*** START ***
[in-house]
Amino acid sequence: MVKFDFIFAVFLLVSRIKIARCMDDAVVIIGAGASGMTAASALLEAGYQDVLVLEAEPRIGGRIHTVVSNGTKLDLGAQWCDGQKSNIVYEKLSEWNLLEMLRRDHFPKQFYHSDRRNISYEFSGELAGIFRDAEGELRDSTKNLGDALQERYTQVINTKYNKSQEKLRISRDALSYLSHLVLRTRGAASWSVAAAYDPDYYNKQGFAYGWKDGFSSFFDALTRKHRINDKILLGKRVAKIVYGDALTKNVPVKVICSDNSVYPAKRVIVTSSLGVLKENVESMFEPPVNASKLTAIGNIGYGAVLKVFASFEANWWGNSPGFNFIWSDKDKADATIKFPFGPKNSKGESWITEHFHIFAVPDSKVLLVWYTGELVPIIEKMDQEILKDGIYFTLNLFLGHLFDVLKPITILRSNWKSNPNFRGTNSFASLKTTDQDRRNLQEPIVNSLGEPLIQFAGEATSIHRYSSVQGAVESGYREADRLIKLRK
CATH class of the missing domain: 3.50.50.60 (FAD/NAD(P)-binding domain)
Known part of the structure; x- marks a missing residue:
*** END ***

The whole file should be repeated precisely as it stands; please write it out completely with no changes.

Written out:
[in-house]
Amino acid sequence: MVKFDFIFAVFLLVSRIKIARCMDDAVVIIGAGASGMTAASALLEAGYQDVLVLEAEPRIGGRIHTVVSNGTKLDLGAQWCDGQKSNIVYEKLSEWNLLEMLRRDHFPKQFYHSDRRNISYEFSGELAGIFRDAEGELRDSTKNLGDALQERYTQVINTKYNKSQEKLRISRDALSYLSHLVLRTRGAASWSVAAAYDPDYYNKQGFAYGWKDGFSSFFDALTRKHRINDKILLGKRVAKIVYGDALTKNVPVKVICSDNSVYPAKRVIVTSSLGVLKENVESMFEPPVNASKLTAIGNIGYGAVLKVFASFEANWWGNSPGFNFIWSDKDKADATIKFPFGPKNSKGESWITEHFHIFAVPDSKVLLVWYTGELVPIIEKMDQEILKDGIYFTLNLFLGHLFDVLKPITILRSNWKSNPNFRGTNSFASLKTTDQDRRNLQEPIVNSLGEPLIQFAGEATSIHRYSSVQGAVESGYREADRLIKLRK
CATH class of the missing domain: 3.50.50.60 (FAD/NAD(P)-binding domain)
Known part of the structure; x- marks a missing residue: